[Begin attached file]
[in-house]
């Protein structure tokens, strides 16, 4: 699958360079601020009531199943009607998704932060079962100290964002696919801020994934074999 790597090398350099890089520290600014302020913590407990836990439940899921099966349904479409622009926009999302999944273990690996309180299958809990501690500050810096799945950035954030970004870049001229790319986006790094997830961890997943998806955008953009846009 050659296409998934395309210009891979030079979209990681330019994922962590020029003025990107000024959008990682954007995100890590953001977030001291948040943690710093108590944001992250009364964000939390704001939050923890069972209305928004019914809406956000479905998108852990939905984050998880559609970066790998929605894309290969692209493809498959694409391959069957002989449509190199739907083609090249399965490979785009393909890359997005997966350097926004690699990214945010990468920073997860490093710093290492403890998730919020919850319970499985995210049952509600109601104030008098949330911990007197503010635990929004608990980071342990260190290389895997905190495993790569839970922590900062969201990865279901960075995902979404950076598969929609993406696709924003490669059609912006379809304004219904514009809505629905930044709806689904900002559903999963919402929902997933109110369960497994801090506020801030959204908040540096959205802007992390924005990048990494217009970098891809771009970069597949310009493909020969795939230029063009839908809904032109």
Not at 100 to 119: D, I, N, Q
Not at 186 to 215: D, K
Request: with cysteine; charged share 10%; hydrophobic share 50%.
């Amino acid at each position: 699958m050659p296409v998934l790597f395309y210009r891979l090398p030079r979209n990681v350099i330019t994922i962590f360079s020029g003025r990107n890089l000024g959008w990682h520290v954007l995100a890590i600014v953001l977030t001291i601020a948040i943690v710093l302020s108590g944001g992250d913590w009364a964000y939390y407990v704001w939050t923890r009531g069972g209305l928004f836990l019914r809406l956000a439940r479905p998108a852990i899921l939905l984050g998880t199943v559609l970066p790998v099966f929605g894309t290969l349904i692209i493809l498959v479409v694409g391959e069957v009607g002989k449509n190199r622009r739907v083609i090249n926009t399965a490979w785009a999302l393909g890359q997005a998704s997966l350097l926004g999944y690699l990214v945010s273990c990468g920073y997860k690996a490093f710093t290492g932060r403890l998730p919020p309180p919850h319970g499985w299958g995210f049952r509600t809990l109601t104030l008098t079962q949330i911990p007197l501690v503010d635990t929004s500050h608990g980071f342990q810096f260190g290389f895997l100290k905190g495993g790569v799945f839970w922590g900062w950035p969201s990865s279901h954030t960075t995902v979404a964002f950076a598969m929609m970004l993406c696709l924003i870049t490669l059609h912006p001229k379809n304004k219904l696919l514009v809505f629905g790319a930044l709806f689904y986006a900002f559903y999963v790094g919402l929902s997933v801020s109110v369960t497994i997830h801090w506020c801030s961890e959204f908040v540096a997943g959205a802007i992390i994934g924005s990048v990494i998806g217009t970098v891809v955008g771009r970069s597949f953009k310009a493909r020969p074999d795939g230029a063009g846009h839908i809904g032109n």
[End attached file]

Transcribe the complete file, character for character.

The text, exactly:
[in-house]
């Protein structure tokens, strides 16, 4: 699958360079601020009531199943009607998704932060079962100290964002696919801020994934074999 790597090398350099890089520290600014302020913590407990836990439940899921099966349904479409622009926009999302999944273990690996309180299958809990501690500050810096799945950035954030970004870049001229790319986006790094997830961890997943998806955008953009846009 050659296409998934395309210009891979030079979209990681330019994922962590020029003025990107000024959008990682954007995100890590953001977030001291948040943690710093108590944001992250009364964000939390704001939050923890069972209305928004019914809406956000479905998108852990939905984050998880559609970066790998929605894309290969692209493809498959694409391959069957002989449509190199739907083609090249399965490979785009393909890359997005997966350097926004690699990214945010990468920073997860490093710093290492403890998730919020919850319970499985995210049952509600109601104030008098949330911990007197503010635990929004608990980071342990260190290389895997905190495993790569839970922590900062969201990865279901960075995902979404950076598969929609993406696709924003490669059609912006379809304004219904514009809505629905930044709806689904900002559903999963919402929902997933109110369960497994801090506020801030959204908040540096959205802007992390924005990048990494217009970098891809771009970069597949310009493909020969795939230029063009839908809904032109």
Not at 100 to 119: D, I, N, Q
Not at 186 to 215: D, K
Request: with cysteine; charged share 10%; hydrophobic share 50%.
């Amino acid at each position: 699958m050659p296409v998934l790597f395309y210009r891979l090398p030079r979209n990681v350099i330019t994922i962590f360079s020029g003025r990107n890089l000024g959008w990682h520290v954007l995100a890590i600014v953001l977030t001291i601020a948040i943690v710093l302020s108590g944001g992250d913590w009364a964000y939390y407990v704001w939050t923890r009531g069972g209305l928004f836990l019914r809406l956000a439940r479905p998108a852990i899921l939905l984050g998880t199943v559609l970066p790998v099966f929605g894309t290969l349904i692209i493809l498959v479409v694409g391959e069957v009607g002989k449509n190199r622009r739907v083609i090249n926009t399965a490979w785009a999302l393909g890359q997005a998704s997966l350097l926004g999944y690699l990214v945010s273990c990468g920073y997860k690996a490093f710093t290492g932060r403890l998730p919020p309180p919850h319970g499985w299958g995210f049952r509600t809990l109601t104030l008098t079962q949330i911990p007197l501690v503010d635990t929004s500050h608990g980071f342990q810096f260190g290389f895997l100290k905190g495993g790569v799945f839970w922590g900062w950035p969201s990865s279901h954030t960075t995902v979404a964002f950076a598969m929609m970004l993406c696709l924003i870049t490669l059609h912006p001229k379809n304004k219904l696919l514009v809505f629905g790319a930044l709806f689904y986006a900002f559903y999963v790094g919402l929902s997933v801020s109110v369960t497994i997830h801090w506020c801030s961890e959204f908040v540096a997943g959205a802007i992390i994934g924005s990048v990494i998806g217009t970098v891809v955008g771009r970069s597949f953009k310009a493909r020969p074999d795939g230029a063009g846009h839908i809904g032109n």